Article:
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Doll Fight!, Revolution Doll Style Now 

Album Review

click to enlarge 250cd-dollfight.jpg

(Self-released, digital download)

On their 2011 debut, Morning Again, local riot-grrrl trio Doll Fight! laid down the gauntlet. That ragged, raucous little EP served notice that local girls can rawk as hard and fiercely as any of their male counterparts. It was an intriguing first attempt that masked occasionally sloppy — if appropriately punky — performances with aggressive energy and uniquely off-beat attitude. Later that same year, the band released a follow-up EP, Revolution Doll Style Now. The band’s deliciously lo-fi sophomore release picks up where their debut left off. And it finds the band evolving into a legitimately cohesive punk-rock juggernaut, featuring notably improved musicality without sacrificing any of the snarling charm that defined their first record.

Drummer Jane Boxall is the band’s backbone. A classically trained marimba player, she’s the most musically polished of the trio. Her ferocious attacks set the tone for the entire band, creating a foundation on which tracks like the churlish opener “Plastic Revolution” are built. Kelly Riel’s spastic bass line rumbles in sinister fashion before butting headlong against Christine Mathias’ bruising guitar crunch. Mathias takes the lead on this anthemic cut, her clean, pleading vocals countered by growling backing work from Riel.

“Jealousy” takes a darker turn, and is a departure from the uptempo fare preceding it. Mathias’ vocal performance is brooding and uncertain, which is especially appropriate given the subject matter.

“Eris Is Anarchy” is emblematic of the band’s renewed focus on instrumental proficiency. Mathias’ lead guitar line slithers around Riel’s subtle bass line and smart kit work from Boxall. The entire arrangement, which culminates in a truly menacing bridge, is commendably ambitious and reflects a musical curiosity relatively uncommon to the genre.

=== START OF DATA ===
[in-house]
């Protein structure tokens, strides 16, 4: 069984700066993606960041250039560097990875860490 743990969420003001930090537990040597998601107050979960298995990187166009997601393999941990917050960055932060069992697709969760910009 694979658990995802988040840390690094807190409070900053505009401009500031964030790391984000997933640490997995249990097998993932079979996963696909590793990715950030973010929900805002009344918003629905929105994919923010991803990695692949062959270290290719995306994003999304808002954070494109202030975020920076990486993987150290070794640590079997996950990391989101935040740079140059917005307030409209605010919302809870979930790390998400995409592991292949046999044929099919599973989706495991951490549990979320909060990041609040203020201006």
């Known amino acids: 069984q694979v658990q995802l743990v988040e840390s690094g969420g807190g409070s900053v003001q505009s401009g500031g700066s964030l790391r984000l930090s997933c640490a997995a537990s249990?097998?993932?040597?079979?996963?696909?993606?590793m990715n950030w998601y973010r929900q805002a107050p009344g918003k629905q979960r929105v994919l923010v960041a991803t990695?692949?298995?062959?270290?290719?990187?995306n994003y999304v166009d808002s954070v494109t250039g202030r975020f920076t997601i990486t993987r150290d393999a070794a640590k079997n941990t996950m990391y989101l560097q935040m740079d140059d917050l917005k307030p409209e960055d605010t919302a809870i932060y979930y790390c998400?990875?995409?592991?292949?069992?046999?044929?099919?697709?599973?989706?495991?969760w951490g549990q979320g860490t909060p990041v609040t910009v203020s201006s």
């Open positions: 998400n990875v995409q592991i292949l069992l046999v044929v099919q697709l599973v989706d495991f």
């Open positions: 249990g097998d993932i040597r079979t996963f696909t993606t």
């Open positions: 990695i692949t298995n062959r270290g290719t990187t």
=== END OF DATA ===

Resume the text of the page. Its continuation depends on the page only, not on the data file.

On “Adrenochrome” the band employs Boxall’s marimba talents. The juxtaposition of the band’s generally sneering punk bombast and elegant, rounded marimba tones is interesting, if initially distracting. Ultimately, it lends the tune a sort of manic, funhouse quality that highlights the band’s singular attitude.

Riel takes the lead on the politically charged closing track, “While Egypt Was Burning.” Riel has a more traditionally punk delivery than Mathias, but her forceful, bratty sneer provides a nice contrast to Mathias’ thinner and slightly more girlish approach. It’s a bracing end to another rousing effort from Burlington’s favorite riot grrrls.

Doll Fight! play the Hub in Bristol this Friday, February 17. Revolution Doll Style Now is available at dollfight.bandcamp.com.

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Dan Bolles

Dan Bolles

Bio:
Dan Bolles is the Seven Days music editor. His column "Soundbites" appears weekly.

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